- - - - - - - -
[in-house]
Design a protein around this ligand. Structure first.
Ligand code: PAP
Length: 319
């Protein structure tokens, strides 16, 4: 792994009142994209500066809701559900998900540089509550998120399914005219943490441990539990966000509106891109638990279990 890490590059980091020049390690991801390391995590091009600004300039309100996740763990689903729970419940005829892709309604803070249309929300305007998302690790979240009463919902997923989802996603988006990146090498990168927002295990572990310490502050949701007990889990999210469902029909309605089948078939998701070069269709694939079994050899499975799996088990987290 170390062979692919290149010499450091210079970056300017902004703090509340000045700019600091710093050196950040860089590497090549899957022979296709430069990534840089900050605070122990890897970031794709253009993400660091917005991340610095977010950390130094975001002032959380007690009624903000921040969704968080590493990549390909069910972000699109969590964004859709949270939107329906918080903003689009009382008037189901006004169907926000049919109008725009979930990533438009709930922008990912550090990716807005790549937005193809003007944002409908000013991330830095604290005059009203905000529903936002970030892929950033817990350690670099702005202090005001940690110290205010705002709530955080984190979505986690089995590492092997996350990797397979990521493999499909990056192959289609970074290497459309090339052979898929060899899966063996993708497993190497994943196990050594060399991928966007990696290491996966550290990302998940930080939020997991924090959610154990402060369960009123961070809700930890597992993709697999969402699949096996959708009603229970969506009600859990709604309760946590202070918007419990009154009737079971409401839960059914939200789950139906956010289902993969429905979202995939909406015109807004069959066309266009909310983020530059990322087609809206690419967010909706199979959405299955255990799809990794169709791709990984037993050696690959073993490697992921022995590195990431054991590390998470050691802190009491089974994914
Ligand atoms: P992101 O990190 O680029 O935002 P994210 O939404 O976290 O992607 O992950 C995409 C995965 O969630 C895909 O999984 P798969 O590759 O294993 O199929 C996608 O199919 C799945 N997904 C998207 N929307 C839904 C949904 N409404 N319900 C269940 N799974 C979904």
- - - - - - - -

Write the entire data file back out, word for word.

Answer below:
[in-house]
Design a protein around this ligand. Structure first.
Ligand code: PAP
Length: 319
């Protein structure tokens, strides 16, 4: 792994009142994209500066809701559900998900540089509550998120399914005219943490441990539990966000509106891109638990279990 890490590059980091020049390690991801390391995590091009600004300039309100996740763990689903729970419940005829892709309604803070249309929300305007998302690790979240009463919902997923989802996603988006990146090498990168927002295990572990310490502050949701007990889990999210469902029909309605089948078939998701070069269709694939079994050899499975799996088990987290 170390062979692919290149010499450091210079970056300017902004703090509340000045700019600091710093050196950040860089590497090549899957022979296709430069990534840089900050605070122990890897970031794709253009993400660091917005991340610095977010950390130094975001002032959380007690009624903000921040969704968080590493990549390909069910972000699109969590964004859709949270939107329906918080903003689009009382008037189901006004169907926000049919109008725009979930990533438009709930922008990912550090990716807005790549937005193809003007944002409908000013991330830095604290005059009203905000529903936002970030892929950033817990350690670099702005202090005001940690110290205010705002709530955080984190979505986690089995590492092997996350990797397979990521493999499909990056192959289609970074290497459309090339052979898929060899899966063996993708497993190497994943196990050594060399991928966007990696290491996966550290990302998940930080939020997991924090959610154990402060369960009123961070809700930890597992993709697999969402699949096996959708009603229970969506009600859990709604309760946590202070918007419990009154009737079971409401839960059914939200789950139906956010289902993969429905979202995939909406015109807004069959066309266009909310983020530059990322087609809206690419967010909706199979959405299955255990799809990794169709791709990984037993050696690959073993490697992921022995590195990431054991590390998470050691802190009491089974994914
Ligand atoms: P992101 O990190 O680029 O935002 P994210 O939404 O976290 O992607 O992950 C995409 C995965 O969630 C895909 O999984 P798969 O590759 O294993 O199929 C996608 O199919 C799945 N997904 C998207 N929307 C839904 C949904 N409404 N319900 C269940 N799974 C979904």